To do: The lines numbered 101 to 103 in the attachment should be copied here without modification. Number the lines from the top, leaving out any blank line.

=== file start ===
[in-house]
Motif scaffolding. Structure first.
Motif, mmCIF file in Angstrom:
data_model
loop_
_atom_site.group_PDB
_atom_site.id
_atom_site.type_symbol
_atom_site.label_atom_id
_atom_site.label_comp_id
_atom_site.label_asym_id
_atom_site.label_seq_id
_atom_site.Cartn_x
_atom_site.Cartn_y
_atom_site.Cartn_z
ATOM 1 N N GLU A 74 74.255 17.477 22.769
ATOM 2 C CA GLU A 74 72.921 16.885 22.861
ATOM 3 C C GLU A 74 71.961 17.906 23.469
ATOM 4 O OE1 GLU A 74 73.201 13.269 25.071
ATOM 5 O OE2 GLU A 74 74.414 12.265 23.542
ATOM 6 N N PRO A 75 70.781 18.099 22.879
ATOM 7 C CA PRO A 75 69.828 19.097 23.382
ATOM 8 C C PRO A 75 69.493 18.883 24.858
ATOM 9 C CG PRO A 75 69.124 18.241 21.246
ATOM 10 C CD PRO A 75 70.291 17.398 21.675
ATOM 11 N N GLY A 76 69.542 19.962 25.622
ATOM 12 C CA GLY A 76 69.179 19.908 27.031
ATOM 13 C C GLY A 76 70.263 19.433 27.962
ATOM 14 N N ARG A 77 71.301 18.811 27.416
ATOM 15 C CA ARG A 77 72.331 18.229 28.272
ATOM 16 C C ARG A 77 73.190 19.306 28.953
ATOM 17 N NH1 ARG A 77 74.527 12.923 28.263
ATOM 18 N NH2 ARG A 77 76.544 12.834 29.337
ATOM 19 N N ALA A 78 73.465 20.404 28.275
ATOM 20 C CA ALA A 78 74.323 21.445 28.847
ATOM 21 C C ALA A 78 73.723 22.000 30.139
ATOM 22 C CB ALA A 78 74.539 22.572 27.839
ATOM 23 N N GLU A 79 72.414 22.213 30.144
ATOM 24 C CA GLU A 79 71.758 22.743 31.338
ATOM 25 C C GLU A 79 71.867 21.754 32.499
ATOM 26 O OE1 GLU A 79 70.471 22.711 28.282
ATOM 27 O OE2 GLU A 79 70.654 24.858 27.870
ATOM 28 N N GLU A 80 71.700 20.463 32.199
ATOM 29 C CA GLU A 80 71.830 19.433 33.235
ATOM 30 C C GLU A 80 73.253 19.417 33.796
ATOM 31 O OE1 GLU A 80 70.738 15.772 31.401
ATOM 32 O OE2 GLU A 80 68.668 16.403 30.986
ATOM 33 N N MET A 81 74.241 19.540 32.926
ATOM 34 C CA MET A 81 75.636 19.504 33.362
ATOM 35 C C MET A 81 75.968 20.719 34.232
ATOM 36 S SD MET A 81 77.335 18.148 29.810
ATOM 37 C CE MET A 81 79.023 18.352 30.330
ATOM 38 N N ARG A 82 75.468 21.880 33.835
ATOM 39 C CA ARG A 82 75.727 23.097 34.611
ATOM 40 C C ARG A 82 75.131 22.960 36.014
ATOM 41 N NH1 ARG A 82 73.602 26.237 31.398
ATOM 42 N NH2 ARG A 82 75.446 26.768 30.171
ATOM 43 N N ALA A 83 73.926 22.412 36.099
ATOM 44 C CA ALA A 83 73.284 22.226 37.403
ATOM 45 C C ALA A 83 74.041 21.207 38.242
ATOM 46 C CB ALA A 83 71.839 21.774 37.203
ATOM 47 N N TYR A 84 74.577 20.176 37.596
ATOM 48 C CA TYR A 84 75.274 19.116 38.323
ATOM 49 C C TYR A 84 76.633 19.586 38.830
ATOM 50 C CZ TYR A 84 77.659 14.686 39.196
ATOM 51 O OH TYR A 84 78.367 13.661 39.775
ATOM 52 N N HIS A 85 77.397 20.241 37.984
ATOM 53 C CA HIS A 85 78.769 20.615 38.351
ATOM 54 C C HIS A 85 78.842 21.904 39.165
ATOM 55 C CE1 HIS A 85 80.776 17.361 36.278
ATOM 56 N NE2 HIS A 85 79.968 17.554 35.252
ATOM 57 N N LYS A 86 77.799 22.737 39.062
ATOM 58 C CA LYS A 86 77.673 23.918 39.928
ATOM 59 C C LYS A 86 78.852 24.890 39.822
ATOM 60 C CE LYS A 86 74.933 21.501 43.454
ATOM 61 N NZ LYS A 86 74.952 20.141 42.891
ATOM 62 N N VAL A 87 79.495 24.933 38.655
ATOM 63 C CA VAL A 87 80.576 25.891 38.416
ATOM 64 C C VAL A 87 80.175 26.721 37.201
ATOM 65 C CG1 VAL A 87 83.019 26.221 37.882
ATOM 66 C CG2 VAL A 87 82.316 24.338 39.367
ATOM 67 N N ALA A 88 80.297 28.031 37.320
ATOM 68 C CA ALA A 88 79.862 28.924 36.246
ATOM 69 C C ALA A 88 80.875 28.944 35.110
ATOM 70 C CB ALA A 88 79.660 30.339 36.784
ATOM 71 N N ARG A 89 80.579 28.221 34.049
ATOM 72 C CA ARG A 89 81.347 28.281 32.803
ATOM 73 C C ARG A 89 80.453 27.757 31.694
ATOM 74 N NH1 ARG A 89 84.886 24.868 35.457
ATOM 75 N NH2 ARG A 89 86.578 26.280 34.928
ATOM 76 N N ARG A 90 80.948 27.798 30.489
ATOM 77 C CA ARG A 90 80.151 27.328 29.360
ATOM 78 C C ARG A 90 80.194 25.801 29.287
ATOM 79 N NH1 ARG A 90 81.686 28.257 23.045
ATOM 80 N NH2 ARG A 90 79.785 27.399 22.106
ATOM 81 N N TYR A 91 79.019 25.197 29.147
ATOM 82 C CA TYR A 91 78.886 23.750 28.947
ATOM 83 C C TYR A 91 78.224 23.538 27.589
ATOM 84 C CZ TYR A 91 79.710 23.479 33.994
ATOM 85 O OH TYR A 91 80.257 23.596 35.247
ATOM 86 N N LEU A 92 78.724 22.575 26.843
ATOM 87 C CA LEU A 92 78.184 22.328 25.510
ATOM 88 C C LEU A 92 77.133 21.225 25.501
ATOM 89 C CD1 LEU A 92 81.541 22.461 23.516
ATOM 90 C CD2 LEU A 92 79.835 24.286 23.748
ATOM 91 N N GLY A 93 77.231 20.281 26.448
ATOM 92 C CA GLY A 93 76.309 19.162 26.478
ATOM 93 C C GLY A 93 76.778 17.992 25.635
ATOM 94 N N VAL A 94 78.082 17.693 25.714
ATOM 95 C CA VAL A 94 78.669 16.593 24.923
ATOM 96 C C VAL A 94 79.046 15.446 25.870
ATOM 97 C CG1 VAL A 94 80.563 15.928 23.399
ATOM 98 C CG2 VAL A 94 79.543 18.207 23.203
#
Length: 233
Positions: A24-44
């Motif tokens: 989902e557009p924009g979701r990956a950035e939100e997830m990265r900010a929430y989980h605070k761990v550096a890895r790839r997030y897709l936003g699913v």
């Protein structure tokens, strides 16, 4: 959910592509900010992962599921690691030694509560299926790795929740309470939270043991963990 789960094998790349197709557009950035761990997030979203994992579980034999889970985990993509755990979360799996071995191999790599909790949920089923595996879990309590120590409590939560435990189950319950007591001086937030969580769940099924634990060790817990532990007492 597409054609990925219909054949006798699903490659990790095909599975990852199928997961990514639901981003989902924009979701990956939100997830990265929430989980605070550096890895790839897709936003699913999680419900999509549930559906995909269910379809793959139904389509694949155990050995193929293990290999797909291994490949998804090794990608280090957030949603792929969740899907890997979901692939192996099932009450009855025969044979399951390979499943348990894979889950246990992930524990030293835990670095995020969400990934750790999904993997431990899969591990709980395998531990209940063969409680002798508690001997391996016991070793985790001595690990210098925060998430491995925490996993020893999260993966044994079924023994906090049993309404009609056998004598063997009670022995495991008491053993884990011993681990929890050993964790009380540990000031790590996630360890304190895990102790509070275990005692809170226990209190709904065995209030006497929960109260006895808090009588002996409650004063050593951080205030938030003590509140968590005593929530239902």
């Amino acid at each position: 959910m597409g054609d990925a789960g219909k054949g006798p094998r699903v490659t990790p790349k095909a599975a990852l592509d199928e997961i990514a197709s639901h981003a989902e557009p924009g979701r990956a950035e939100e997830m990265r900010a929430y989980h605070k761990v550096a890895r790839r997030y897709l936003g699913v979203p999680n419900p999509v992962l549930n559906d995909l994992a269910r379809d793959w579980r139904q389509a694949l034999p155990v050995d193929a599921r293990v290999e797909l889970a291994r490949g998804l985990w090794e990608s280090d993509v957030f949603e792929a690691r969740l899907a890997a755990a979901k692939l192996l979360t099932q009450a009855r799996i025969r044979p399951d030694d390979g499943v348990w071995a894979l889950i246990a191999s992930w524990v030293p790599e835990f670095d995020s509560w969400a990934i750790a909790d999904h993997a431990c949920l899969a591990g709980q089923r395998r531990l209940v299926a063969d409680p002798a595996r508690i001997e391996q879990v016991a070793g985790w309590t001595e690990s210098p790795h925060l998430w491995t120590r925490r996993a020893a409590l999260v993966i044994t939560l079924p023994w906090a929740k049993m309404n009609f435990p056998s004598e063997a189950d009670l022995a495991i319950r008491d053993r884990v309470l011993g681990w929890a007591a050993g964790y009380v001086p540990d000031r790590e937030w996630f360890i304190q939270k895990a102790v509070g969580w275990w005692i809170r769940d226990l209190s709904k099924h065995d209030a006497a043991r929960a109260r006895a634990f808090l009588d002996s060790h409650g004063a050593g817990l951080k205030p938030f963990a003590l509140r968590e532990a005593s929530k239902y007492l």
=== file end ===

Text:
ATOM 86 N N LEU A 92 78.724 22.575 26.843
ATOM 87 C CA LEU A 92 78.184 22.328 25.510
ATOM 88 C C LEU A 92 77.133 21.225 25.501